GTmetrix is another great performance testing tool that will help you ensure your WordPress website is delivering content quickly and efficiently. Using GTmetrix is as simple as pasting your URL and clicking a button, after which you’ll be presented with a plethora of data that includes a visualization of the page load, a waterfall view of the requests made (which you can further filter by file type), a detailed speed report, and more. GTmetrix even lets you compare your site with other sites, and if you sign up for a free account you get even more options to play around with. To change really important test settings, though, (like where the test is run from and in what browser, set up monthly speed monitors, and download your report in PDF format) you’ll have to pay for one of the premium plans on offer.

4. WebPageTest
Webpage Test

WebPageTest is the most comprehensive free online tool on this list, but it can also be a bit harder to navigate if you’re not an advanced user. With WebPageTest, you can not only specify a precise location and browser to test from, but (if you open the “Advanced” options) also choose the connection type, browser dimensions, number of times you want the test to run, and more. You can even run your own scripts to test for specific behavior and block certain HTTP requests. The report you get from this service is, as you might presume, just as detailed. You could spend hours sifting through all the data WebPageTest provides you with – from a practical summary and screenshots of the loading process to detailed breakdowns of each separate request, cache and CDN checks, and charts that show the type of content your site is serving, as well as which domains that content is being pulled from. If you want a thorough, free, online performance speed test, WebPageTest is probably your best choice. And if you sign up for a free account, you’ll even be able to save your test history.

5. LoadFocus
Loadfocus

If you want to run a really comprehensive performance test that will not only test your site’s current speed but also check how it handles hundreds or even thousands of visitors accessing it at once, you’re going to need a more serious performance testing tool like LoadFocus. While it’s primarily created for fully-fledged web apps, LoadFocus can help you monitor your WordPress site’s performance in real-time, subject it to heavy load testing (like simulating a certain number of visitors accessing it simultaneously), check whether it will slow down if multiple visitors remain on the site for long periods of time, perform mobile emulation testing, and much more. While there is a free plan that lets you test for up to one minute with 20 concurrent users, if you want truly practical data you’re going to have to go for one of LoadFocus’s premium plans. You should keep in mind, though, that services like LoadFocus are more suitable for developers and advanced users.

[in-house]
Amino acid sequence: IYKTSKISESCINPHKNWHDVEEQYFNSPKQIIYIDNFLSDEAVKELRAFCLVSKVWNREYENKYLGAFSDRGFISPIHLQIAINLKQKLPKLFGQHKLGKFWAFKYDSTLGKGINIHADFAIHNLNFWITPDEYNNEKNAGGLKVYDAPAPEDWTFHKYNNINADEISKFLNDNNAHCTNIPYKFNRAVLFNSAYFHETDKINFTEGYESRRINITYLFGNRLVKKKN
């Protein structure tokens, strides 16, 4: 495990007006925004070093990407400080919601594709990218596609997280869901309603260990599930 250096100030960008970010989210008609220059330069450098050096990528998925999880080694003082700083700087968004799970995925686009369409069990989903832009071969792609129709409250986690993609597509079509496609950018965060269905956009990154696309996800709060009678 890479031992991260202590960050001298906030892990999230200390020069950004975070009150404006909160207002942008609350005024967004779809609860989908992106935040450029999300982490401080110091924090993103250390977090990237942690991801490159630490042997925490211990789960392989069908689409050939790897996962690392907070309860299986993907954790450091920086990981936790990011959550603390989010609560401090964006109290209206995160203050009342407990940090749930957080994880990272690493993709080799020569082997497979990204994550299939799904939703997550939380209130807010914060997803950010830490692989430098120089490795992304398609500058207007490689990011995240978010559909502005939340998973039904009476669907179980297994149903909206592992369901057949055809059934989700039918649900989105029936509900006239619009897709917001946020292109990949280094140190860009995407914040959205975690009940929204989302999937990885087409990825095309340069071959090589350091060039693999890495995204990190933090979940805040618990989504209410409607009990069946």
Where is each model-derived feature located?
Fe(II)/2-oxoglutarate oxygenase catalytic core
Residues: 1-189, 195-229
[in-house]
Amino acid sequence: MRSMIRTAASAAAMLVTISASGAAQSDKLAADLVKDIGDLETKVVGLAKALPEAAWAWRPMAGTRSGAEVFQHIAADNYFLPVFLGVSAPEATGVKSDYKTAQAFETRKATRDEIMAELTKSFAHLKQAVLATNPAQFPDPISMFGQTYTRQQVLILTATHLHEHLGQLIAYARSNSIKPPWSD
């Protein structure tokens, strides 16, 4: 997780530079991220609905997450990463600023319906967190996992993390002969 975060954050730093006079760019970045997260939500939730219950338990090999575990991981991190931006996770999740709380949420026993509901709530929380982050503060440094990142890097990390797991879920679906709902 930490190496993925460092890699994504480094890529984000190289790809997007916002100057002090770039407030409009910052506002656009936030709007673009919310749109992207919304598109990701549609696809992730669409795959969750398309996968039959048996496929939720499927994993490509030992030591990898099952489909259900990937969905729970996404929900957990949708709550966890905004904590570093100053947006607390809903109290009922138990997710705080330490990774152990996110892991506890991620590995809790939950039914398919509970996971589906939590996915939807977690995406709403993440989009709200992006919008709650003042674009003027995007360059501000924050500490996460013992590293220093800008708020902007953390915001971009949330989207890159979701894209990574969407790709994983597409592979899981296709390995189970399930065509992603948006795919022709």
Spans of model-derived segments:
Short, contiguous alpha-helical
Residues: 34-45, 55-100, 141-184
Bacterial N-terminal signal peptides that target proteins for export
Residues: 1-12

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It’s pretty obvious that performance testing is something you should be doing. Even if you’ve been avoiding it up till now, thanks to the performance test tools on this list and the simplicity they provide, you no longer have an excuse not to test your site’s speed. And if you go just one simple (and logical) step further and also implement the suggestions these tools offer, there’s no doubt you’ll soon be reaping the benefits both in terms of better ranking in SERPs and in terms of overall user satisfaction.